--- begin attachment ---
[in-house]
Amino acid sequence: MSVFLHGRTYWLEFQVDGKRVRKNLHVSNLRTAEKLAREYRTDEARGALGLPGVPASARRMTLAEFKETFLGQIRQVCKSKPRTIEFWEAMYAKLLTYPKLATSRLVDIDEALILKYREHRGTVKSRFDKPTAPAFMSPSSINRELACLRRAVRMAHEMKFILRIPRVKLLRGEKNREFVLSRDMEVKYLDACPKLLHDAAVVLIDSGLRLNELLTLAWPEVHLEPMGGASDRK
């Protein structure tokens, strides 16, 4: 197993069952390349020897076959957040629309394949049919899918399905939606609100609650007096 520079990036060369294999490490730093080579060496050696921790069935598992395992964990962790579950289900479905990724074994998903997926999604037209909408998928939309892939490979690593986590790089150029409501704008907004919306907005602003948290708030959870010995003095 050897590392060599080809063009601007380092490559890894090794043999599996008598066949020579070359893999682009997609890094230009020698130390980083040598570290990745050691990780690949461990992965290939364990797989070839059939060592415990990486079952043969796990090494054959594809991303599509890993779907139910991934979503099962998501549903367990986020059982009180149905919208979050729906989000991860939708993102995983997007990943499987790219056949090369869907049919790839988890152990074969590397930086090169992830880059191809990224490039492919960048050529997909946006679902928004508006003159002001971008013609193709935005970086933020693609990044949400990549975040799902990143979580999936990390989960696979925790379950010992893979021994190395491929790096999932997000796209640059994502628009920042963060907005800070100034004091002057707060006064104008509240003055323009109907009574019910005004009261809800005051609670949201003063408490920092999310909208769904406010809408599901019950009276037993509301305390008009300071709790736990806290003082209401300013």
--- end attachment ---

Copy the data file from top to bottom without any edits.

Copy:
[in-house]
Amino acid sequence: MSVFLHGRTYWLEFQVDGKRVRKNLHVSNLRTAEKLAREYRTDEARGALGLPGVPASARRMTLAEFKETFLGQIRQVCKSKPRTIEFWEAMYAKLLTYPKLATSRLVDIDEALILKYREHRGTVKSRFDKPTAPAFMSPSSINRELACLRRAVRMAHEMKFILRIPRVKLLRGEKNREFVLSRDMEVKYLDACPKLLHDAAVVLIDSGLRLNELLTLAWPEVHLEPMGGASDRK
């Protein structure tokens, strides 16, 4: 197993069952390349020897076959957040629309394949049919899918399905939606609100609650007096 520079990036060369294999490490730093080579060496050696921790069935598992395992964990962790579950289900479905990724074994998903997926999604037209909408998928939309892939490979690593986590790089150029409501704008907004919306907005602003948290708030959870010995003095 050897590392060599080809063009601007380092490559890894090794043999599996008598066949020579070359893999682009997609890094230009020698130390980083040598570290990745050691990780690949461990992965290939364990797989070839059939060592415990990486079952043969796990090494054959594809991303599509890993779907139910991934979503099962998501549903367990986020059982009180149905919208979050729906989000991860939708993102995983997007990943499987790219056949090369869907049919790839988890152990074969590397930086090169992830880059191809990224490039492919960048050529997909946006679902928004508006003159002001971008013609193709935005970086933020693609990044949400990549975040799902990143979580999936990390989960696979925790379950010992893979021994190395491929790096999932997000796209640059994502628009920042963060907005800070100034004091002057707060006064104008509240003055323009109907009574019910005004009261809800005051609670949201003063408490920092999310909208769904406010809408599901019950009276037993509301305390008009300071709790736990806290003082209401300013």